Enterprises will soon become the key drivers of the mobile phone security market, analysts believe.

Alan Goode, senior analyst at Juniper Research, said: "Corporate IT managers are getting very worried about the use of mobile devices on corporate networks, but the devices currently fall between the cracks, and nobody is certain who is responsible for them. IT managers want to take control, and this will prove a key driver in the mobile security market."

Numerous surveys indicate high penetrations of smartphones in enterprise environments, but the handsets are often owned by individual workers, rather than the company, leading to a lack of coherent security policies.

Goode also pointed to big-name security vendors shifting their focus to the mobile space, as slowing sales in the PC market begin to bite.

He added: "In terms of threats, I think we may see some incidents in 2007, and they're likely to be spyware-orientated, rather than traditional virus-type attacks."

Late last year, researchers at McAfee found a commercial phone spying application, designed to log phone call details and SMS messages, distributed as part of a multi-dropper Trojan. The Symbian spyware was the first to be detected "in the wild".

Encryption may about to become easier to implement, because an industry body is developing a standard for managing symmetric encryption keys.

Although enterprise demand for encryption is growing because of the impact of new regulations (PCI, HIPAA, etc), there is still no standard method of managing keys. Each vendor has its own proprietary scheme, and this can cause interoperability issues.

Industry body OASIS (Organisation for the Advancement of Structured Information Standards) has proposed a specification, essentially an API, called Symmetric Key Services Markup Language (SKSML). The theory is that this specification will allow key management across a variety of platforms. The details are to be thrashed out on 16 January by the newly formed OASIS Enterprise Key Management Infrastructure (EKMI) Technical Committee.

Cyber-terror could be a new and unwelcome feature of 2007, according to experts.

The US government issued a warning to private financial institutions in late December 2006, stating that Al Qaeda was planning to destroy their databases.

Although the concept of terrorists using the internet as a vector for attacks is not new, the increasingly business-critical nature of IP-based systems lends the idea more weight. Analysts have also pointed to the possibility of conventional attacks being perpetrated in parallel with the cyber-attack of emergency VOIP phone lines.

"Cyber-terror used to be a matter of fiction and scare stories," said Raimund Genes, anti-malware CTO at Trend Micro. "But it may become reality during next year."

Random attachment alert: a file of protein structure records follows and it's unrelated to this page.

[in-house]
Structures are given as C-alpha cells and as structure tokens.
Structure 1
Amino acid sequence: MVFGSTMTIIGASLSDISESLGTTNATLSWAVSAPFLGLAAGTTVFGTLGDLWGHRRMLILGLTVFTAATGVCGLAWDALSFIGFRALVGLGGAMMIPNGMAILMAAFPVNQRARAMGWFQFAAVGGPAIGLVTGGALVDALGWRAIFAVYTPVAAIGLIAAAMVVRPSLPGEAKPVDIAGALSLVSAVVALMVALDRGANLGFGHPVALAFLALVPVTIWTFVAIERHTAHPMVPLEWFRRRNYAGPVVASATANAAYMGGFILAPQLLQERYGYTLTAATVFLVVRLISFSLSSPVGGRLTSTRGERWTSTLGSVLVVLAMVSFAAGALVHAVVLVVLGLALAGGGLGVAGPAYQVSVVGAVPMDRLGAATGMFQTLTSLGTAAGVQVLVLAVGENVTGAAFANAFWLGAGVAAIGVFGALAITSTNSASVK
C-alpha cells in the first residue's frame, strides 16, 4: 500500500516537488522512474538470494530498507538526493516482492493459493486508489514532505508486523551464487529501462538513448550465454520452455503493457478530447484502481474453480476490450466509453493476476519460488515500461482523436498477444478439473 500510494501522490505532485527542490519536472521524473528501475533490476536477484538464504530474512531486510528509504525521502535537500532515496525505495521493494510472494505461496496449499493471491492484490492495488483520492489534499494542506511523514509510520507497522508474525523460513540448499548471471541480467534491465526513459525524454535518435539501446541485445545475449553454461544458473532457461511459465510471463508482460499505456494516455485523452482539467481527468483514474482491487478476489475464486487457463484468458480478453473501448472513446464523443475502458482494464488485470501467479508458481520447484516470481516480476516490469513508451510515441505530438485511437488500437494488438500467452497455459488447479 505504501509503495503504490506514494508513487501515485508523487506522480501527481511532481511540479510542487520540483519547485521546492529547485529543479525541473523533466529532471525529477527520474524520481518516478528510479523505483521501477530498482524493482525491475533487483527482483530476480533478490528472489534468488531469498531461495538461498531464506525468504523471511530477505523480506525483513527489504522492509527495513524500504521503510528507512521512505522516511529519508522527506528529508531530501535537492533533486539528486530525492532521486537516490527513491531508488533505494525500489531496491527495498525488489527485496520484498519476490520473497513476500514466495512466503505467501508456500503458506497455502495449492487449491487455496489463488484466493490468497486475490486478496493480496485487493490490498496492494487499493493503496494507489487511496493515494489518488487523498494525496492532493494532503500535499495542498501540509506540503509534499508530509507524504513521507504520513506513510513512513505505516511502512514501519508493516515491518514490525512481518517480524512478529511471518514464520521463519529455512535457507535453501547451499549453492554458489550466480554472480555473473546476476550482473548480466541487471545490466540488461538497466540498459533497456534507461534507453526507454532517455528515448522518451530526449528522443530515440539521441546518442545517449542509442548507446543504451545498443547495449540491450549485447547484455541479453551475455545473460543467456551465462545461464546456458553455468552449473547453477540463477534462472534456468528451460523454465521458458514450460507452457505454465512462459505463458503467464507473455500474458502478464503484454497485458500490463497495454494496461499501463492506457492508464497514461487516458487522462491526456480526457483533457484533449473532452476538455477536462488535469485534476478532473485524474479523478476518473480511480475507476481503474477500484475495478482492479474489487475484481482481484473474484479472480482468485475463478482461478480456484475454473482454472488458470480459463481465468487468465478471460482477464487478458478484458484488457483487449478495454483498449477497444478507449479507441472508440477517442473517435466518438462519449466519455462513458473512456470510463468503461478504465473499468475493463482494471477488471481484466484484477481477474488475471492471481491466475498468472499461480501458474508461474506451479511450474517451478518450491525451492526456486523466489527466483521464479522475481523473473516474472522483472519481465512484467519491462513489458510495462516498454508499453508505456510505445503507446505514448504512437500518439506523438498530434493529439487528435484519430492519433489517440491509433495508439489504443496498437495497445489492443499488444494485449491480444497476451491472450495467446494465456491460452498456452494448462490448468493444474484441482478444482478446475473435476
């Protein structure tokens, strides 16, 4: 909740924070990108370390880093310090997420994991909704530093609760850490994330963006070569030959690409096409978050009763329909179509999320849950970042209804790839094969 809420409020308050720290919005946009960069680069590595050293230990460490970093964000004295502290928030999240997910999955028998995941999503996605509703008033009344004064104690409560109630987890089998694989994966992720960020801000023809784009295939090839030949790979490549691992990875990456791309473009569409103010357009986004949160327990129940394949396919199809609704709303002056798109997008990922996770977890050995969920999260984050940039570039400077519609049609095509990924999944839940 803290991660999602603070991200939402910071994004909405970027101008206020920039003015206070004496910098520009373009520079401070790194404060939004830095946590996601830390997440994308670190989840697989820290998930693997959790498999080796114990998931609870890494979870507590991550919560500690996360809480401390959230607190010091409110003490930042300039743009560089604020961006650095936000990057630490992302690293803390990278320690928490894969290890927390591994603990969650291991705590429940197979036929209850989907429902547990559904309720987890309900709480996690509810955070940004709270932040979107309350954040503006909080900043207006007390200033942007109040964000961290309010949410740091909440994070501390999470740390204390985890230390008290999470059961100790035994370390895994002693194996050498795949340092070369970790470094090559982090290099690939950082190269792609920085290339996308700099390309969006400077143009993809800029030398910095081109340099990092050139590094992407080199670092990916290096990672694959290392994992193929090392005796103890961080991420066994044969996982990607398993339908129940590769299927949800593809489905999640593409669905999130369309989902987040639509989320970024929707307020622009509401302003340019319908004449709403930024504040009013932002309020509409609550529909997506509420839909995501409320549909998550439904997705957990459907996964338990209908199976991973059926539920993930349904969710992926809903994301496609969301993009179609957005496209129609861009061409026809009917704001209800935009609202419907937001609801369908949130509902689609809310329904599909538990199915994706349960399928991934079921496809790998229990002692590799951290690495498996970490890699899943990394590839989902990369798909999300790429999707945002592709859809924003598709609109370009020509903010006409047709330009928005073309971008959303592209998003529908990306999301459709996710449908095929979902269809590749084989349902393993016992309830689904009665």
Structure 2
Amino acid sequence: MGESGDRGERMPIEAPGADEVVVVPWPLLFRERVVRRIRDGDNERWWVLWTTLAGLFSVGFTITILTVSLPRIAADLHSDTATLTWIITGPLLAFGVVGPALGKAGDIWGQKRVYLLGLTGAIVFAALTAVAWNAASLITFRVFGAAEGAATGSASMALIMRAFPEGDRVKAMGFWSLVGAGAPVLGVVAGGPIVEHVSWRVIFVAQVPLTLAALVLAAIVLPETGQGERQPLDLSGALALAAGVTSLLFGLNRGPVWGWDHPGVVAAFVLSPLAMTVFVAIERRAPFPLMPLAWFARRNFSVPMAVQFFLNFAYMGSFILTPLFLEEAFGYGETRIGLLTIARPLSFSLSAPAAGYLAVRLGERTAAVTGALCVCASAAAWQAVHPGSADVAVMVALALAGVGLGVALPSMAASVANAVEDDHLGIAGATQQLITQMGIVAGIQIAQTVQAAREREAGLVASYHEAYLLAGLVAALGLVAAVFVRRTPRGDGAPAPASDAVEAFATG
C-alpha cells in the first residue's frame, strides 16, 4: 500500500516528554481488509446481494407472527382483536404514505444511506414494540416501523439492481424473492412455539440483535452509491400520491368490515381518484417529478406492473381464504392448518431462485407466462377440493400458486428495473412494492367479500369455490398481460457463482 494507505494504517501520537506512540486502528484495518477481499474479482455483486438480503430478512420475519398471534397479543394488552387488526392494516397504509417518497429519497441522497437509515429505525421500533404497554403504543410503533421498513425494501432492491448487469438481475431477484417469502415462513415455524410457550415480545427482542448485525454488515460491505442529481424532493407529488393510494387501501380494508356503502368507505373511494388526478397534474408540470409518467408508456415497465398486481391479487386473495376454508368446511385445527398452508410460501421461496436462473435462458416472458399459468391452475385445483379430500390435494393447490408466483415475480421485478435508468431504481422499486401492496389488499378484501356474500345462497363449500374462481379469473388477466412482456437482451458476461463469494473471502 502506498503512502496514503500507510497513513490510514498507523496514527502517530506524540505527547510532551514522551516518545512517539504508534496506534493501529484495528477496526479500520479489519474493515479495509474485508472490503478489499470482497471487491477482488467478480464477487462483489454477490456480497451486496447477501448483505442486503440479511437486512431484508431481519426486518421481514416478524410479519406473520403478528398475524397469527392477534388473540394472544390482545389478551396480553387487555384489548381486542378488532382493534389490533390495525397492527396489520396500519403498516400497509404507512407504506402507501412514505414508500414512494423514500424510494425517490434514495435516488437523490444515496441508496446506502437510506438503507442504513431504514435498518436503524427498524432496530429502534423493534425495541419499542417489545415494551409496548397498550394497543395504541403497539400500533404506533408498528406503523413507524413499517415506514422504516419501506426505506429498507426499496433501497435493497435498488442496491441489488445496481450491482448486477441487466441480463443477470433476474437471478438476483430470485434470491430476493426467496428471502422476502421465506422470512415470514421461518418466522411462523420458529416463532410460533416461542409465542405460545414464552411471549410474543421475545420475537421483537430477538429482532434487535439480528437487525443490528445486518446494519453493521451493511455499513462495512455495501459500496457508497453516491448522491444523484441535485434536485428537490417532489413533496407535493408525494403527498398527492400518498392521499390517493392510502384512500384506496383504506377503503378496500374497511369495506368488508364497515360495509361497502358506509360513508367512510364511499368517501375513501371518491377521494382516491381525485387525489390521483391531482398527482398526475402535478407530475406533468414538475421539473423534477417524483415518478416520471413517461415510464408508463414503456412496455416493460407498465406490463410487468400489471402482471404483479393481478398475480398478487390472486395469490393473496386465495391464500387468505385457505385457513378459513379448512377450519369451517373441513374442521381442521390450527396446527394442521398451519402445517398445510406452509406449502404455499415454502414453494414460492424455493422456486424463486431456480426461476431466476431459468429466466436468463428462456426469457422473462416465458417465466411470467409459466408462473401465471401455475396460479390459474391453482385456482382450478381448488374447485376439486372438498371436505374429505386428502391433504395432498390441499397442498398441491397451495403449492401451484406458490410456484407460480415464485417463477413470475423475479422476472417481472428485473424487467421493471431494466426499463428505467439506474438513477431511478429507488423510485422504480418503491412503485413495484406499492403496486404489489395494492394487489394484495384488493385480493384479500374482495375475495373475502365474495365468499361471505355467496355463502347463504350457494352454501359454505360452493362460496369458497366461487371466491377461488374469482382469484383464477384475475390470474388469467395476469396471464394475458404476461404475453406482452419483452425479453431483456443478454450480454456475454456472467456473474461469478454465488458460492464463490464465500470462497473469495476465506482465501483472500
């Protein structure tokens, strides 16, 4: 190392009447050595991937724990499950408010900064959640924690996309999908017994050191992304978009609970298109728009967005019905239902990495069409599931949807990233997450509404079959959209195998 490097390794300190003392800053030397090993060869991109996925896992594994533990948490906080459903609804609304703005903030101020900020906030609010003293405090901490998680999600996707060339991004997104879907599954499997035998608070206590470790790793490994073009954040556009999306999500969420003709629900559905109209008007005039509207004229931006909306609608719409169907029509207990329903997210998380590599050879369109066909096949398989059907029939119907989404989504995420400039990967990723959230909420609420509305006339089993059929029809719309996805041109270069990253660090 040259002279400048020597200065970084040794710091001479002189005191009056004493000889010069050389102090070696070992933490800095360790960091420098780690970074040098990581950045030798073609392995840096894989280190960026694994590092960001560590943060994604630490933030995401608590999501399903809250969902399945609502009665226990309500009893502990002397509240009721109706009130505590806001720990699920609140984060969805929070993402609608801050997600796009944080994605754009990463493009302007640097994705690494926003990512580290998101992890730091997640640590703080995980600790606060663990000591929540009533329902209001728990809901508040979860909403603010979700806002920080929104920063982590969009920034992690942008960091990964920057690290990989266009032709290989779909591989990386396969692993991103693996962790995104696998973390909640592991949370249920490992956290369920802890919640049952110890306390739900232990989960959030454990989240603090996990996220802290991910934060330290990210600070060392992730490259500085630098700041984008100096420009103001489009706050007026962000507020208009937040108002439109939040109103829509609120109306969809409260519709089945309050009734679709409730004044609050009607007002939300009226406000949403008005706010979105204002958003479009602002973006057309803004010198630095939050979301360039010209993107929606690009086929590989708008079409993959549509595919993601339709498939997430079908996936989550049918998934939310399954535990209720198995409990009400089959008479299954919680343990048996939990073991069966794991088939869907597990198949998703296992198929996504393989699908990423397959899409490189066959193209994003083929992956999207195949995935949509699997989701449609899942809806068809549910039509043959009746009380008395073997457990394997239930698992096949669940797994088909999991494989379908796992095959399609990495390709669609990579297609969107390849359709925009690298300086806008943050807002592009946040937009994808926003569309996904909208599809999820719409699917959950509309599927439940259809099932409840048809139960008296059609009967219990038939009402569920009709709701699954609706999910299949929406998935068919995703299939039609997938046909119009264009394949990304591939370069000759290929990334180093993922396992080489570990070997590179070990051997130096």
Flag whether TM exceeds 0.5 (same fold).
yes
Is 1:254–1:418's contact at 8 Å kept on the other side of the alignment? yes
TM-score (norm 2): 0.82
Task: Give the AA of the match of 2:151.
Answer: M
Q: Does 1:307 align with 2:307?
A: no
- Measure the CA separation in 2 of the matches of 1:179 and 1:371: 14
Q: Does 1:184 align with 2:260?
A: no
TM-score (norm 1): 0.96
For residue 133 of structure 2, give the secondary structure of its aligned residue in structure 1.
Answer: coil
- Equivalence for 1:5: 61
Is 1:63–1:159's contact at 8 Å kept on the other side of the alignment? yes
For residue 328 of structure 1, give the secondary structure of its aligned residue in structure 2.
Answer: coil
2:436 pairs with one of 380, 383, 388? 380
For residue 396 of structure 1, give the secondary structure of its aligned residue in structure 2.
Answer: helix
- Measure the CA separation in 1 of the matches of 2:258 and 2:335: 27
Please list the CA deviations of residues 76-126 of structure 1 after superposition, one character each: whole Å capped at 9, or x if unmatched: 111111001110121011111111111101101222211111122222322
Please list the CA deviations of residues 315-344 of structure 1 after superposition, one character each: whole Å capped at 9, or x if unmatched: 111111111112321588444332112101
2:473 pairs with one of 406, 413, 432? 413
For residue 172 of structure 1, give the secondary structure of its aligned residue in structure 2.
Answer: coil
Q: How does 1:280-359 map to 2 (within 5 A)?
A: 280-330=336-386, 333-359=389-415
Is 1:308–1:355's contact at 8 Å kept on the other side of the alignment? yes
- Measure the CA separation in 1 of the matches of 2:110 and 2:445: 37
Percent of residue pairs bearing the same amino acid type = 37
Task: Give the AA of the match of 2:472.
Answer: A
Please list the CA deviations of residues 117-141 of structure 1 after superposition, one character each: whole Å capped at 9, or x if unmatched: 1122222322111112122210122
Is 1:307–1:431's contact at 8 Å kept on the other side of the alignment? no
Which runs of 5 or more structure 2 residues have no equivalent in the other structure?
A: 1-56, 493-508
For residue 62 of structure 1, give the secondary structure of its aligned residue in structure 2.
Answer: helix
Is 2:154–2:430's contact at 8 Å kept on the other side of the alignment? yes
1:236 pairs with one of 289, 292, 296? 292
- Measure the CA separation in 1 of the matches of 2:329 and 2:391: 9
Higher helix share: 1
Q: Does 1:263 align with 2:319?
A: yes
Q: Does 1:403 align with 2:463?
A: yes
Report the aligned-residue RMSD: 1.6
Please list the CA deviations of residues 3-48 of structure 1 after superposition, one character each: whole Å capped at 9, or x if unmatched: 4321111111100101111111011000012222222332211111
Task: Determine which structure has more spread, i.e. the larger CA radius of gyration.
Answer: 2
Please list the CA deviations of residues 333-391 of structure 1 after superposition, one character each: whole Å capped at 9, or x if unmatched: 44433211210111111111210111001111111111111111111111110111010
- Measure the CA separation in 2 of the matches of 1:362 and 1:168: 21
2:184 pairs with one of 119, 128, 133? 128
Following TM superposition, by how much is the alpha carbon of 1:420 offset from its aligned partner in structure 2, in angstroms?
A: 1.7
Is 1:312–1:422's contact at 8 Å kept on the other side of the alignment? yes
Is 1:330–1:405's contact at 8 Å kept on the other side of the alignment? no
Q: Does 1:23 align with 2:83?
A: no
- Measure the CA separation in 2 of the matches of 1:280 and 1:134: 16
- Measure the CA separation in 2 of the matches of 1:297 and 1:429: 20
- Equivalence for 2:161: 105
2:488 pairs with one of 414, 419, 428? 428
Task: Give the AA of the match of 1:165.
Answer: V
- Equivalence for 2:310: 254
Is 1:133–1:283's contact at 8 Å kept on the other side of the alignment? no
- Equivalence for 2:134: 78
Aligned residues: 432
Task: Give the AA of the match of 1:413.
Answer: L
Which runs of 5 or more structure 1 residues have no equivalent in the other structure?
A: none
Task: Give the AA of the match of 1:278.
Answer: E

The warning followed a call from a group called ANHIAR al-Dollar for Muslims to attack US financial firms.

Online bank fraud rocketed last year, with UK consumers seeing an 8,000 per cent increase in banking scams, according to a government watchdog.

The Financial Services Authority (FSA) told the House of Lords science and technology committee it was "very concerned" about the growth in phishing attacks.

Between January and June 2005, 312 incidents were recorded, but this leapt to 5,059 in the same period in 2006, according to figures from banking trade body APACS. In the first half of 2006, £23.2 million was stolen, the committee heard, with about £22.5 million stolen in the second half of the year.

Philip Robinson, the FSA's head of financial crime, said he thought online banking was generally safe, but raised concerns about banks' lack of transparency concerning online fraud.

VoIP security is set to become one of the top issues of the year, claim experts, as businesses and consumers are attracted by lower voice call charges.

However, as VoIP penetration increases, so VoIP security threats such as DDoS, voice spam, "vhishing" and fraud will become more prevalent.

Analysts point out that many business IP networks will have to be toughened significantly to cope with VoIP, where delays in packet routing would be disastrous, as opposed to current email and web applications, where minor speed fluctuations are less critical to users.

David Endler, author of VoIP Hacking Exposed and chair of the VoIP Security Alliance, said: "VoIP has unique and very strict networking requirements, and we'll begin to see genuine threats to business VoIP emerging in 2007. Vhishing will definitely be a key tactic, as users are not yet suspicious of phone calls in the same way they distrust email."

A new year, a new OS - consumers will finally be able to get their hands on Vista at the end of this month, but experts say the security benefits will be initially negligible.

Microsoft competitors Sophos and Kaspersky have made much of the fact that Vista's additional security features won't prevent viruses using a social engineering vector. These accounted for 40 per cent of the malware in circulation during December last year.

Threats such as Stratio-Zip, Netsky-D and MyDoom-O will be stopped by the email system built into Vista, Windows Mail Client, but not by third-party email clients, according to Sophos.